5 Reasons for Pelvic Physical Therapy

Pelvic floor physical therapy is gaining increasing popularity among women. In fact, in many countries outside the US, postpartum physical therapy is considered the standard of care for women who have recently given birth.

By Pamela Diamond



More and more women are learning about pelvic floor physical therapy. Hopefully, OBGYNs are recommending it to their pregnant and postpartum patients. According to Lindsay Moses, Doctor of Physical Therapy, postpartum physical therapy is considered the standard of care for women having babies in many countries outside of the US. Below Dr. Moses shares five common reasons women seek treatment during the postpartum period.

  1. Diastasis Recti – This is the separation of the rectus abdominis muscles, those that run vertically along the front of the stomach, during and after pregnancy. By the end of the 3rd trimester, most women have diastasis recti due to the growing baby stretching the abdominal wall. Although not dangerous in and of itself, it can be indicative of core weakness. When someone has a weak core, they are more at risk for developing musculoskeletal issues such as low back pain. Core strength and stability are crucial for optimizing our physical health and well-being both in the short and long term.
  1. Urinary Incontinence – Although leakage of urine is a common problem at various stages during a woman’s lifespan, it should never be considered normal, even in very small amounts, Dr. Moses says. Leakage can affect quality of life in a significant way, prohibiting women from participating in the activities that bring them joy. Urinary incontinence can be associated with a trigger such as a cough or sneeze but can also occur with a sense of urgency to void. Wearing a pad is of course an option in the short-term but should not be considered a long-term solution.
  1. Constipation Fluctuating hormones during and after pregnancy often be affect the bowels. Many women will report intermittent periods of constipation and straining to defecate. Chronic straining to have a bowel movement can put undue pressure on the pelvic floor, contributing to other types of dysfunctions such as pelvic organ prolapse. Learning the correct way to defecate, including proper posture and breathing mechanics, can be beneficial.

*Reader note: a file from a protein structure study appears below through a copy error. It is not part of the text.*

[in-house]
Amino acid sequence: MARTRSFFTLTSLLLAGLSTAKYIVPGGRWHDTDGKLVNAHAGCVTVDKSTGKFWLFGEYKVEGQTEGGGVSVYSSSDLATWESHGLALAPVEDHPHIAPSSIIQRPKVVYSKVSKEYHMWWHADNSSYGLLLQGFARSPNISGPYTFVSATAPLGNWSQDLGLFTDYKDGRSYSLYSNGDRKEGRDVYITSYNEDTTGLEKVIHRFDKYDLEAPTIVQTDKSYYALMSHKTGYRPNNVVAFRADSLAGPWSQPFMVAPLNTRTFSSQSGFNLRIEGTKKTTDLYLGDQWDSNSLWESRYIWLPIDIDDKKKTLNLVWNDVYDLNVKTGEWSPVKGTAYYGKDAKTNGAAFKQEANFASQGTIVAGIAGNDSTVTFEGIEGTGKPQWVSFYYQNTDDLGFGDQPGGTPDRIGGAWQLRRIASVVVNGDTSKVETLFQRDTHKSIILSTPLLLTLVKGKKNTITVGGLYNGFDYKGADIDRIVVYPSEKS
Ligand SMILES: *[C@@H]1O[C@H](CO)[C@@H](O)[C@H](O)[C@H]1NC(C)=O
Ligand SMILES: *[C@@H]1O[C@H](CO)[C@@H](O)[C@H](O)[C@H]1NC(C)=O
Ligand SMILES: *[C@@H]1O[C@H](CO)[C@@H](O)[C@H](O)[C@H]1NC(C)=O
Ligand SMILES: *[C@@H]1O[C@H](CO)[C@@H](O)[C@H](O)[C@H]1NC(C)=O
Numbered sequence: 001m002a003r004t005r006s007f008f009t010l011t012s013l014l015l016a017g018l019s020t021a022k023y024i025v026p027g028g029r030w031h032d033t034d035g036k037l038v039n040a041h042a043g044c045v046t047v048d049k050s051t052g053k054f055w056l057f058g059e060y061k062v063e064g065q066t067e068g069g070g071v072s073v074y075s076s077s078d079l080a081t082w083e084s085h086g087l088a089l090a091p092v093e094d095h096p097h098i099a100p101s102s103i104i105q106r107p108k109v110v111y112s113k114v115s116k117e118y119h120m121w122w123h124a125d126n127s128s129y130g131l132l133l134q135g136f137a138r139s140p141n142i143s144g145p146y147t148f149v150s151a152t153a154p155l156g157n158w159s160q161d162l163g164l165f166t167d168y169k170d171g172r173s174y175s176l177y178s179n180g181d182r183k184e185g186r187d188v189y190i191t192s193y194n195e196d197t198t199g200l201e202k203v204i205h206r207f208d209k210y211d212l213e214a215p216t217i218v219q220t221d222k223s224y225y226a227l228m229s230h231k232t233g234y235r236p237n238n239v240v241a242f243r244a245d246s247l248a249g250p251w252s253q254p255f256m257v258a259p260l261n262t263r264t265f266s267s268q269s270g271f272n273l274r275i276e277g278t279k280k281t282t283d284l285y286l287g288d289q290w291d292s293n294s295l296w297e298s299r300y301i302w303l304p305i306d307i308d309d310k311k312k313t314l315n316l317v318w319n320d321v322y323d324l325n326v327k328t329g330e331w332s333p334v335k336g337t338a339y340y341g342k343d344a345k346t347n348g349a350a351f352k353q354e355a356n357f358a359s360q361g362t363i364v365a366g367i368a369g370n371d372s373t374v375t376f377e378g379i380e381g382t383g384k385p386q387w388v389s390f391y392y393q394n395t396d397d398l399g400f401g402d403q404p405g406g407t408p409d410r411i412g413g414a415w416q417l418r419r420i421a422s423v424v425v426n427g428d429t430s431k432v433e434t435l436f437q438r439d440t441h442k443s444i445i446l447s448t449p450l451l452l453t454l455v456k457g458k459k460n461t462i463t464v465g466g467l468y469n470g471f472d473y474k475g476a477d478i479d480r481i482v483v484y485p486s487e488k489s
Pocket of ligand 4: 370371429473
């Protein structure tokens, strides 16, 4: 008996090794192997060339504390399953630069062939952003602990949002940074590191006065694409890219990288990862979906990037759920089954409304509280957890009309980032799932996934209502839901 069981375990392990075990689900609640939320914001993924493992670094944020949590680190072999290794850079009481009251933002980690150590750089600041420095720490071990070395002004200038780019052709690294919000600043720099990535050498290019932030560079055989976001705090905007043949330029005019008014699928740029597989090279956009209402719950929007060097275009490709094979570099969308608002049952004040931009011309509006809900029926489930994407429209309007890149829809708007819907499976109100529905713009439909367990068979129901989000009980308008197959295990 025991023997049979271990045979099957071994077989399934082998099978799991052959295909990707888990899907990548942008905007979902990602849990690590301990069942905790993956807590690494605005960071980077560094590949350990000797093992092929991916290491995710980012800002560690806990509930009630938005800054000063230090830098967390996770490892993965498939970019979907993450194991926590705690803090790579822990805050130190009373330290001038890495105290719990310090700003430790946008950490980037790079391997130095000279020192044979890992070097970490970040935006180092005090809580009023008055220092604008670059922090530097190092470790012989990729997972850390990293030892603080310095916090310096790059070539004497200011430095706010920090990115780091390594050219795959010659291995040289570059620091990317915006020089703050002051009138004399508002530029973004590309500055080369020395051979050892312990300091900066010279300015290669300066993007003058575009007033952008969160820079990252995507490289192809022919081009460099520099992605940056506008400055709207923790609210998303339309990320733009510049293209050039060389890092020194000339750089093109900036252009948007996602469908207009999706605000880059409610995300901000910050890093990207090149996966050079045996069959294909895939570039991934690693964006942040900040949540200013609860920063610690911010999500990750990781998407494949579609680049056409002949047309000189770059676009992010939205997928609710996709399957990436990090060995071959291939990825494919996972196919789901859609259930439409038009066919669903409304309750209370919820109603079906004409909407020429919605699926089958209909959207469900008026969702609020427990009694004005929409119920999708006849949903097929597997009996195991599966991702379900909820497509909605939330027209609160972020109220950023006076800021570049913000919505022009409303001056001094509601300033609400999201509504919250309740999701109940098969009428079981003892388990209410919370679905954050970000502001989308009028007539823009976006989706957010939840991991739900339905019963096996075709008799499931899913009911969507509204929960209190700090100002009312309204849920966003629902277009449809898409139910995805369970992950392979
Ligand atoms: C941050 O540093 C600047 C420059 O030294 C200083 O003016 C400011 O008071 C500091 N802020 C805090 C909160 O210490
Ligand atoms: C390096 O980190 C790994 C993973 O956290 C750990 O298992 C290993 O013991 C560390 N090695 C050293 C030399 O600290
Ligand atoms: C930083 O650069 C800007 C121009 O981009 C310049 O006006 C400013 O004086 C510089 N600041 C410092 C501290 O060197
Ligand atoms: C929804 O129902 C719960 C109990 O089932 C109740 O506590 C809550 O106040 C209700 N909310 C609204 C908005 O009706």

1. Pain with vaginal penetration – Many women report experiencing some degree of pain upon resuming intercourse postpartum. This could be due to perineal tearing during a vaginal delivery and associated scar tissue, muscle tension, vaginal dryness (often due to hormonal changes) or pelvic organ prolapse. In addition to the possibility of physical issues driving the pain, there is often a strong mind-body connection and fear of penetration. This apprehension can cause vaginismus where the muscles of the pelvic floor tighten and “put up a wall” of sorts, in anticipation of experiencing pain. This can make penetration difficult and, in some cases, impossible.
  1. Pelvic Organ Prolapse – Many women experience prolapse after childbirth. One or several different organs are susceptible including the bladder, urethra, rectum, small intestine, and uterus. Prolapse can create a sensation of pressure, can contribute to leakage, urinary urgency/frequency or difficulty emptying the bowels or bladder.  Some women will notice a bulge when wiping or bathing that they were not aware of previously.  Women with prolapse are often scared to exercise or perform some basic, daily functions for fear of exacerbating their symptoms.

Dr. Moses recommends finding a provider who takes a holistic approach when getting treatment for these issues. Focusing solely on the pelvic floor Is not likely to yield the desired outcome. Posture, strength, pressure management, range of motion and alignment can affect the above issues, and all should be addressed when considering an effective rehab program.

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